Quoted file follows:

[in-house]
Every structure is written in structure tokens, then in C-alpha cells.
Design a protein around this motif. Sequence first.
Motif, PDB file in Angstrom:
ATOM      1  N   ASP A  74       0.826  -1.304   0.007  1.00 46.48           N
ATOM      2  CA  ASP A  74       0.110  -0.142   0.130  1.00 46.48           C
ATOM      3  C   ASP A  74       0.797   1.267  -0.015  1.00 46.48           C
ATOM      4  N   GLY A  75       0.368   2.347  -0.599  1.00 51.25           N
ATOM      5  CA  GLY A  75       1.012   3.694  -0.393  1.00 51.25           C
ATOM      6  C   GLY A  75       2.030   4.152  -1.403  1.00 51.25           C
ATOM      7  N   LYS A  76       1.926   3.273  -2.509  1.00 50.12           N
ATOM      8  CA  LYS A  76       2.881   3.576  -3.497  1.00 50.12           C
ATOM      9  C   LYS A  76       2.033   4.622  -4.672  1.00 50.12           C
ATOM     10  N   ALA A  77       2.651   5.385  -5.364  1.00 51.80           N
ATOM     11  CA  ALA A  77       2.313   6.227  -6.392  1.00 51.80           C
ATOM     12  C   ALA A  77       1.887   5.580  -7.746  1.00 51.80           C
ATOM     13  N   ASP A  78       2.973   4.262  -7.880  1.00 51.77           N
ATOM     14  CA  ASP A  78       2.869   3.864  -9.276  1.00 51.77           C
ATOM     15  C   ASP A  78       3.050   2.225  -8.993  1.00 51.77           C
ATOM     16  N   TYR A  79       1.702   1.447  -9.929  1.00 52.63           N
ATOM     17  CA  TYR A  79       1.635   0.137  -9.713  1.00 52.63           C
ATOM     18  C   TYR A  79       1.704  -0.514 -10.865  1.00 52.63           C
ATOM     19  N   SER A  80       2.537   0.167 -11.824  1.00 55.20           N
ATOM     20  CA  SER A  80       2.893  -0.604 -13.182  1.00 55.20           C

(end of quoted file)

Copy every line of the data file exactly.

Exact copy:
[in-house]
Every structure is written in structure tokens, then in C-alpha cells.
Design a protein around this motif. Sequence first.
Motif, PDB file in Angstrom:
ATOM      1  N   ASP A  74       0.826  -1.304   0.007  1.00 46.48           N
ATOM      2  CA  ASP A  74       0.110  -0.142   0.130  1.00 46.48           C
ATOM      3  C   ASP A  74       0.797   1.267  -0.015  1.00 46.48           C
ATOM      4  N   GLY A  75       0.368   2.347  -0.599  1.00 51.25           N
ATOM      5  CA  GLY A  75       1.012   3.694  -0.393  1.00 51.25           C
ATOM      6  C   GLY A  75       2.030   4.152  -1.403  1.00 51.25           C
ATOM      7  N   LYS A  76       1.926   3.273  -2.509  1.00 50.12           N
ATOM      8  CA  LYS A  76       2.881   3.576  -3.497  1.00 50.12           C
ATOM      9  C   LYS A  76       2.033   4.622  -4.672  1.00 50.12           C
ATOM     10  N   ALA A  77       2.651   5.385  -5.364  1.00 51.80           N
ATOM     11  CA  ALA A  77       2.313   6.227  -6.392  1.00 51.80           C
ATOM     12  C   ALA A  77       1.887   5.580  -7.746  1.00 51.80           C
ATOM     13  N   ASP A  78       2.973   4.262  -7.880  1.00 51.77           N
ATOM     14  CA  ASP A  78       2.869   3.864  -9.276  1.00 51.77           C
ATOM     15  C   ASP A  78       3.050   2.225  -8.993  1.00 51.77           C
ATOM     16  N   TYR A  79       1.702   1.447  -9.929  1.00 52.63           N
ATOM     17  CA  TYR A  79       1.635   0.137  -9.713  1.00 52.63           C
ATOM     18  C   TYR A  79       1.704  -0.514 -10.865  1.00 52.63           C
ATOM     19  N   SER A  80       2.537   0.167 -11.824  1.00 55.20           N
ATOM     20  CA  SER A  80       2.893  -0.604 -13.182  1.00 55.20           C